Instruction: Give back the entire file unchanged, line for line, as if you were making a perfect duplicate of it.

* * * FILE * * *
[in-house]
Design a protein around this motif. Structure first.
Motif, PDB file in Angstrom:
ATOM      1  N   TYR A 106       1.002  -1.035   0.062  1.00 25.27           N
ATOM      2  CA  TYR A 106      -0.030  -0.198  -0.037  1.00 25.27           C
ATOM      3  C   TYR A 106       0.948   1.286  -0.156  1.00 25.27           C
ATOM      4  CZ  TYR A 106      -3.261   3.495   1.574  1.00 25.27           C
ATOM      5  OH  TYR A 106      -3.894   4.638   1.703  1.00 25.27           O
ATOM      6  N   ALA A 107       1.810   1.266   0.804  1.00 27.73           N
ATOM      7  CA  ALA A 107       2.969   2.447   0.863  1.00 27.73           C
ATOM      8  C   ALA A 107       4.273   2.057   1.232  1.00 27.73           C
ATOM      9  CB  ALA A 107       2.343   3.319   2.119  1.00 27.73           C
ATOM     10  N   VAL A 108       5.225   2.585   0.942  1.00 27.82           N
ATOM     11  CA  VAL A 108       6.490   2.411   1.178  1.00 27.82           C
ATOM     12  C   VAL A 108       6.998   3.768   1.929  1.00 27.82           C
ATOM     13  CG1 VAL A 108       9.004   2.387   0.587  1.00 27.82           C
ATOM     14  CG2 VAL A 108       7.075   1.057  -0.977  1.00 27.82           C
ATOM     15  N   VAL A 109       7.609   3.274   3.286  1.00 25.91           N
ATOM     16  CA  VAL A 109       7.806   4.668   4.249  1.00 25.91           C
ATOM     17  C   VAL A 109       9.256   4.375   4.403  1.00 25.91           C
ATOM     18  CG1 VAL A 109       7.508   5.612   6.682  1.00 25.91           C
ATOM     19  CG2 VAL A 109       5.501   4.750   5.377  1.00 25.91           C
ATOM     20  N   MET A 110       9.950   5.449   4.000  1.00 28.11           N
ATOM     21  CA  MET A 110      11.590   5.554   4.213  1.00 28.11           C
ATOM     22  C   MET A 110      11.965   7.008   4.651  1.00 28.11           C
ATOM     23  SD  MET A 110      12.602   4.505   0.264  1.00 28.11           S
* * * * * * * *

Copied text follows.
[in-house]
Design a protein around this motif. Structure first.
Motif, PDB file in Angstrom:
ATOM      1  N   TYR A 106       1.002  -1.035   0.062  1.00 25.27           N
ATOM      2  CA  TYR A 106      -0.030  -0.198  -0.037  1.00 25.27           C
ATOM      3  C   TYR A 106       0.948   1.286  -0.156  1.00 25.27           C
ATOM      4  CZ  TYR A 106      -3.261   3.495   1.574  1.00 25.27           C
ATOM      5  OH  TYR A 106      -3.894   4.638   1.703  1.00 25.27           O
ATOM      6  N   ALA A 107       1.810   1.266   0.804  1.00 27.73           N
ATOM      7  CA  ALA A 107       2.969   2.447   0.863  1.00 27.73           C
ATOM      8  C   ALA A 107       4.273   2.057   1.232  1.00 27.73           C
ATOM      9  CB  ALA A 107       2.343   3.319   2.119  1.00 27.73           C
ATOM     10  N   VAL A 108       5.225   2.585   0.942  1.00 27.82           N
ATOM     11  CA  VAL A 108       6.490   2.411   1.178  1.00 27.82           C
ATOM     12  C   VAL A 108       6.998   3.768   1.929  1.00 27.82           C
ATOM     13  CG1 VAL A 108       9.004   2.387   0.587  1.00 27.82           C
ATOM     14  CG2 VAL A 108       7.075   1.057  -0.977  1.00 27.82           C
ATOM     15  N   VAL A 109       7.609   3.274   3.286  1.00 25.91           N
ATOM     16  CA  VAL A 109       7.806   4.668   4.249  1.00 25.91           C
ATOM     17  C   VAL A 109       9.256   4.375   4.403  1.00 25.91           C
ATOM     18  CG1 VAL A 109       7.508   5.612   6.682  1.00 25.91           C
ATOM     19  CG2 VAL A 109       5.501   4.750   5.377  1.00 25.91           C
ATOM     20  N   MET A 110       9.950   5.449   4.000  1.00 28.11           N
ATOM     21  CA  MET A 110      11.590   5.554   4.213  1.00 28.11           C
ATOM     22  C   MET A 110      11.965   7.008   4.651  1.00 28.11           C
ATOM     23  SD  MET A 110      12.602   4.505   0.264  1.00 28.11           S